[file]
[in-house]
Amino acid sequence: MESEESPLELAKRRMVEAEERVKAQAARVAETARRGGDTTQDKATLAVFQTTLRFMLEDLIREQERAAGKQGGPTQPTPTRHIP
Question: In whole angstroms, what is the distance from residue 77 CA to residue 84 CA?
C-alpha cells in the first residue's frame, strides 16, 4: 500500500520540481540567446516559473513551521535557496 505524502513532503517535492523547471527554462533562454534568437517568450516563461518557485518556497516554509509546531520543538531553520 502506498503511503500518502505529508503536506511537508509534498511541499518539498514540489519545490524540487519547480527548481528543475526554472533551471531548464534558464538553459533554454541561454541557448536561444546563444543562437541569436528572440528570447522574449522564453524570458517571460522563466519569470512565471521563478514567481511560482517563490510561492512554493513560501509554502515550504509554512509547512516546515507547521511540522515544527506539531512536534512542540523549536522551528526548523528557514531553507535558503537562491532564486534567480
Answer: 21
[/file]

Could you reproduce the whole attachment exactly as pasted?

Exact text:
[in-house]
Amino acid sequence: MESEESPLELAKRRMVEAEERVKAQAARVAETARRGGDTTQDKATLAVFQTTLRFMLEDLIREQERAAGKQGGPTQPTPTRHIP
Question: In whole angstroms, what is the distance from residue 77 CA to residue 84 CA?
C-alpha cells in the first residue's frame, strides 16, 4: 500500500520540481540567446516559473513551521535557496 505524502513532503517535492523547471527554462533562454534568437517568450516563461518557485518556497516554509509546531520543538531553520 502506498503511503500518502505529508503536506511537508509534498511541499518539498514540489519545490524540487519547480527548481528543475526554472533551471531548464534558464538553459533554454541561454541557448536561444546563444543562437541569436528572440528570447522574449522564453524570458517571460522563466519569470512565471521563478514567481511560482517563490510561492512554493513560501509554502515550504509554512509547512516546515507547521511540522515544527506539531512536534512542540523549536522551528526548523528557514531553507535558503537562491532564486534567480
Answer: 21